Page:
On the other hand, especially in our part of the world, there is an enormous load of invisible work that a woman does - the household, the children, the family as a whole - that many times stands in the way of her career. I have always envied men for the huge amount of time they have just for themselves and their professional ambitions. We, as women, feel this pressure from the society to perform in so many other aspects of life, that it becomes exhausting and quite frustrating.
Q: And the most rewarding one?
A: That if you manage it all - to be a good mother, committed partner, and hopefully, a successful filmmaker - you are a superhero!
Q: How did the COVID-19 pandemic affect your work as a filmmaker?
A: Luckily, working on a personal documentary means you stay a lot at home, with your close ones, opening and healing wounds from the past. Therefore, the pandemic hasn’t affected our work as much as it would have if we were working on something that requires travelling. Of course, we traveled as well, but we did it in the short windows last summer when it was possible.
Also, the pandemic made it possible for me to virtually attend three international workshops, with tutors from all around the world, that helped my film tremendously.
Q: What inspires you the most in your creative journeys?
A: The people around me: their enthusiasm, their sorrow, the way they overcome obstacles or even swim in their pain, taking it all in, with courage and stoicism. I am a person who finds inspiration in other people.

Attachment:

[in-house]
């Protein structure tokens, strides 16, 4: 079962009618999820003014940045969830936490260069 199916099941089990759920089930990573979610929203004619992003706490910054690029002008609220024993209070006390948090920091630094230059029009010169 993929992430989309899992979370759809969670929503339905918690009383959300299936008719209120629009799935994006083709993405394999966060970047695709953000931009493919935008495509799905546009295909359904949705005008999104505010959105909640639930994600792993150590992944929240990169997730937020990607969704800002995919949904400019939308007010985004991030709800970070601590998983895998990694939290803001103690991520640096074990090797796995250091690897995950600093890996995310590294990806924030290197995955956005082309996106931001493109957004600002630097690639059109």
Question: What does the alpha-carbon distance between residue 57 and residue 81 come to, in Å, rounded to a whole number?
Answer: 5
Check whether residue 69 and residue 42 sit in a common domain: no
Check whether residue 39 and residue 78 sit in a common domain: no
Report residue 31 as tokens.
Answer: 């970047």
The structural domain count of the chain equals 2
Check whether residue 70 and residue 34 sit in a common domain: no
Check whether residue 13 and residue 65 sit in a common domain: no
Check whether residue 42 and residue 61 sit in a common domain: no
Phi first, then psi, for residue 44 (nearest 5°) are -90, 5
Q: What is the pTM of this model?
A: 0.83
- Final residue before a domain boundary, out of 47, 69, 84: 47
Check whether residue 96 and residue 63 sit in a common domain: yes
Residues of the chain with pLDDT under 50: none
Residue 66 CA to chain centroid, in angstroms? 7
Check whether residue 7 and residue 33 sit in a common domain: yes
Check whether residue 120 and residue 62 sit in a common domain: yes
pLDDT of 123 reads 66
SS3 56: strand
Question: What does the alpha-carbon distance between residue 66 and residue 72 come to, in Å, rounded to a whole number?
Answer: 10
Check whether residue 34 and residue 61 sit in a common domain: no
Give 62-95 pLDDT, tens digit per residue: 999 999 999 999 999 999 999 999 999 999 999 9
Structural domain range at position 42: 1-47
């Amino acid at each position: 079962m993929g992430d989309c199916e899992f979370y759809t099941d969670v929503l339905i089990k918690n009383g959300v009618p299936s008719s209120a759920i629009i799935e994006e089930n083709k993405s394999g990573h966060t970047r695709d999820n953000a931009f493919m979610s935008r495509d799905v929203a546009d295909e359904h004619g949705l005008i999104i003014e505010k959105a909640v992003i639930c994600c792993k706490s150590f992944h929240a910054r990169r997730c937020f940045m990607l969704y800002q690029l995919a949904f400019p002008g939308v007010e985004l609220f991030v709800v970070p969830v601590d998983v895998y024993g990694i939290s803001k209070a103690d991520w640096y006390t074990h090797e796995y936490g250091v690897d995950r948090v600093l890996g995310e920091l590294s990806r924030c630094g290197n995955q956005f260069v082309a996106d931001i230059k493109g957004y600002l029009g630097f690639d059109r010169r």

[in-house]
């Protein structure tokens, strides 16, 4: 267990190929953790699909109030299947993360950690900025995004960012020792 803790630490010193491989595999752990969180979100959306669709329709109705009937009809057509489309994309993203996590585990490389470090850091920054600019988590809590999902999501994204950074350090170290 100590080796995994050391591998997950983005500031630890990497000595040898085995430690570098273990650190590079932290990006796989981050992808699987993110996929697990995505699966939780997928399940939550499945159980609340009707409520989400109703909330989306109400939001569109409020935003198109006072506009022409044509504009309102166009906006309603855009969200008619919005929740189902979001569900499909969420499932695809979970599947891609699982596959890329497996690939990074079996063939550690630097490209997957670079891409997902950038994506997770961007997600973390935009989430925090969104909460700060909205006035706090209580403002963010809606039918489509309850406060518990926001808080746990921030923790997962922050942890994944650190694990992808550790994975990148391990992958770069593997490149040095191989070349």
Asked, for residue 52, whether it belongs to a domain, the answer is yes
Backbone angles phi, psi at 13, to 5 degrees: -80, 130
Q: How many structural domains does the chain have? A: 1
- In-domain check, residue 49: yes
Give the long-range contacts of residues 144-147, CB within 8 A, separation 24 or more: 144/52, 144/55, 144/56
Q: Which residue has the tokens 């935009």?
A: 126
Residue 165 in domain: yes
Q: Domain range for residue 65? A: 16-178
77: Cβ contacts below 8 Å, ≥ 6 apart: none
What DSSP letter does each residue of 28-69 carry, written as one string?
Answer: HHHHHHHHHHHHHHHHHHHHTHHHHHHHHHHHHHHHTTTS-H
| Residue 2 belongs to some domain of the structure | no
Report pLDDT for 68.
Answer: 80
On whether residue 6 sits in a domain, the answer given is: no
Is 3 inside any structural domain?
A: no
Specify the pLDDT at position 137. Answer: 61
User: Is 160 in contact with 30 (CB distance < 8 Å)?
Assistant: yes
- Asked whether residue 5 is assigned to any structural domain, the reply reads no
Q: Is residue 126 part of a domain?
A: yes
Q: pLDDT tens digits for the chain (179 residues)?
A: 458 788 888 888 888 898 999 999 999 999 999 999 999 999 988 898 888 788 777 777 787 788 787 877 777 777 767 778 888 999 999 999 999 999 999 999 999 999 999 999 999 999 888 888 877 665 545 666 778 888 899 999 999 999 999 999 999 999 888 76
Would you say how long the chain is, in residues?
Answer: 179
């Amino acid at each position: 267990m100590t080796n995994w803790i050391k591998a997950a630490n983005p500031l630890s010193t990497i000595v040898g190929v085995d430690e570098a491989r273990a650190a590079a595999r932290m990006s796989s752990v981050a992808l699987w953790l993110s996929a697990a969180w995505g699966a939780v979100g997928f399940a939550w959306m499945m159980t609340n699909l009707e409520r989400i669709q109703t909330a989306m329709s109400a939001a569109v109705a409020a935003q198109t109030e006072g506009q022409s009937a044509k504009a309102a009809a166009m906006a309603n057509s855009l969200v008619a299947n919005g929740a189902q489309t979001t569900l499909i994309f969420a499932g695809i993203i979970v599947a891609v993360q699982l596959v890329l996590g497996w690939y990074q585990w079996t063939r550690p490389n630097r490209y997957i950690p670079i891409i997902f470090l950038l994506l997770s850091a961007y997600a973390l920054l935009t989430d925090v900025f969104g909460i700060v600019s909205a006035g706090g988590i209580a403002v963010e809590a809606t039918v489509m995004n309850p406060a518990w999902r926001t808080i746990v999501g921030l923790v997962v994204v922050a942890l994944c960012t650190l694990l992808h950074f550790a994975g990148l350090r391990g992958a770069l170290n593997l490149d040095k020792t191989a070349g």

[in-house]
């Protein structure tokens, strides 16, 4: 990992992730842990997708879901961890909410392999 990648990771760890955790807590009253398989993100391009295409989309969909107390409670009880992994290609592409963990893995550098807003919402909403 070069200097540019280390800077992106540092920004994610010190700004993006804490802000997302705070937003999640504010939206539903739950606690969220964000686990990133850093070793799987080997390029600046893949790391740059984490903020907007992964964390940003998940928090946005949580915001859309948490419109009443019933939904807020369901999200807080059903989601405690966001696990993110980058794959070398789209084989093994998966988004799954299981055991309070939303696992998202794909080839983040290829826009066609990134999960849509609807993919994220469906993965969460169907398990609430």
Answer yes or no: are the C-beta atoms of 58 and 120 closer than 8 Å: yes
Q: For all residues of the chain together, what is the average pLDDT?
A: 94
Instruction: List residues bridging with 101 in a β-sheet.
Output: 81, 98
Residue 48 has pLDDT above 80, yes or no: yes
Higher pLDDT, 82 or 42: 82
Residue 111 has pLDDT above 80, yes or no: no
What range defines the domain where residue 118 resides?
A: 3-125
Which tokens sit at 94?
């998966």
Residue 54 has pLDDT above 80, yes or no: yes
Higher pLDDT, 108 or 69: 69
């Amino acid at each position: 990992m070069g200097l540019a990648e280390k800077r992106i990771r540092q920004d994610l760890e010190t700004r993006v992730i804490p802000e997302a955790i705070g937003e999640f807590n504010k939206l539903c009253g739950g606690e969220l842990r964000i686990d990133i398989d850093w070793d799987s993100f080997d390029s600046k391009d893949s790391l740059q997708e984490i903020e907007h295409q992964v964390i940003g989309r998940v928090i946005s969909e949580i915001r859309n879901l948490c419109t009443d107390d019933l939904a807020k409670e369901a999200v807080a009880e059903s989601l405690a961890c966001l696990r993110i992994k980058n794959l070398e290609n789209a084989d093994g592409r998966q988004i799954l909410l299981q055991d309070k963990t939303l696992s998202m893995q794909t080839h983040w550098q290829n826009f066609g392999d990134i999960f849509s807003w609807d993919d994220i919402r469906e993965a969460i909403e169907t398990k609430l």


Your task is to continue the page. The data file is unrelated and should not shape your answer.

Q: Can you compare your experience at CIRCLE with other similar platforms that you have been part of?
A: CIRCLE is special in its unique way of bringing together female artists that form a community of trust and support. At CIRCLE, I never felt in competition with anyone. Instead, I received support, love and inspiration. It is a program that apart from helping you with your film, helps you grow as a person as well and for that, it has important added value.
Q: What were the most important benefits from being part of CIRCLE program?
A: I met extremely talented people who inspired me with their dedication and involvement. For my film, but also for myself, in general, this is extremely valuable.
Q: Name your favorite woman-directed film and why.
A: I have many women directed films that I love, but most recently, I watched Communion again, by Anna Zamecka, and I remembered why I fell in love with it at the first sight. Anna has an extraordinary way of completely melting herself in the lives of her characters. She blends like she’s the wallpaper in the house. She shows, with compassion and love, all of their joys, sorrows, their wishes and the ugly daily struggles that we all share. She never judges. There is so much love in that film - that is also very political - that there’s no way someone watches it and then forgets it.
Q: Do you have a favorite documentary film? Why is it one of your favorites?
I don’t have an absolute favourite documentary, but I love films that show the courage of the filmmaker. And when I say that, I don’t mean the cinematography, but the story itself. How is he, the director, involved in what is happening in front of his camera? How does it impact him? What turmoils of his own are reaching clear waters while he’s documenting the story. You can always sense those things while watching a film. I have a much bigger respect for bold directors, rather than the ones who follow a recipe.
Q: What is the most important thing for you as a spectator? What do you search/expect to find in films?
A: To be subjugated by a film so much, that I need to wait a couple of days before I am ready to watch something else.
Q: What advice do you have for other (female) directors?
A: To be bold and to believe in themselves. They are just as talented as the male directors.
Still from Lina's film TATA